We forget how young the American musical really is. In his 2013 book Anything Goes: A History of American Musical Theatre, Ethan Mordden organizes that history into four ages. The first finds the musical’s roots in 19-century minstrel shows, burlesque, and the 1866 stage phenomenon The Black Crook. The second age, in the early 20th century, sees forms “consolidating and evolving.” The third, a “Golden Age,” commences in the 1920s, when the musical as we know it took wing. The fourth, which is where we are now, is an age of revivals and “revisals.”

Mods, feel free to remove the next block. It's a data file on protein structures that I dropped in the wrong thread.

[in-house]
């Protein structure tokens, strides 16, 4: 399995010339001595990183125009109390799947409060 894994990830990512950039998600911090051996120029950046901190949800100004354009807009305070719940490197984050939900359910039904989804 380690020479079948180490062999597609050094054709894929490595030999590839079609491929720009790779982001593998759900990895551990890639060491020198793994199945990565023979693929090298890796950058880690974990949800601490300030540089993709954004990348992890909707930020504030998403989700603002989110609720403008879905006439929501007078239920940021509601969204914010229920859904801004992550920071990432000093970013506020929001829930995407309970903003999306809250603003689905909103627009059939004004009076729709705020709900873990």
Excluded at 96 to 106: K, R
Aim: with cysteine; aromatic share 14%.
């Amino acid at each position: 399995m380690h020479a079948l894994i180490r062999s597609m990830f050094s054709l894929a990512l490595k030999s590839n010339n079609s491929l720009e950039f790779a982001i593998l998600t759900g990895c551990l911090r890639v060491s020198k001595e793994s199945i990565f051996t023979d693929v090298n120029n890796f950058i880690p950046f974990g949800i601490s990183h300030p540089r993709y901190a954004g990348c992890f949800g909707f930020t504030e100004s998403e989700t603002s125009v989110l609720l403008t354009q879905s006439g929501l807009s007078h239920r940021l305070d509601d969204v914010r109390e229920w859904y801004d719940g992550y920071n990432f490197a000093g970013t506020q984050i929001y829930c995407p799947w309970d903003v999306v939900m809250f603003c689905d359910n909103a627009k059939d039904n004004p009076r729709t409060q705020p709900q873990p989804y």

Much of the Golden Age is still within the theater-going experience of many people. For us boomers, the genre-stretching, boundary-breaking musicals of the midcentury were backdrop. My sisters and I may not have been to Broadway, but we had the cast albums. Every night, as we fell asleep, a turntable stacked with LPs would play one side each of Oklahoma!, My Fair Lady, and West Side Story. The whir and drop of the needle in the groove, the seconds of static like an existential entr’acte, then songs circling into the subconscious.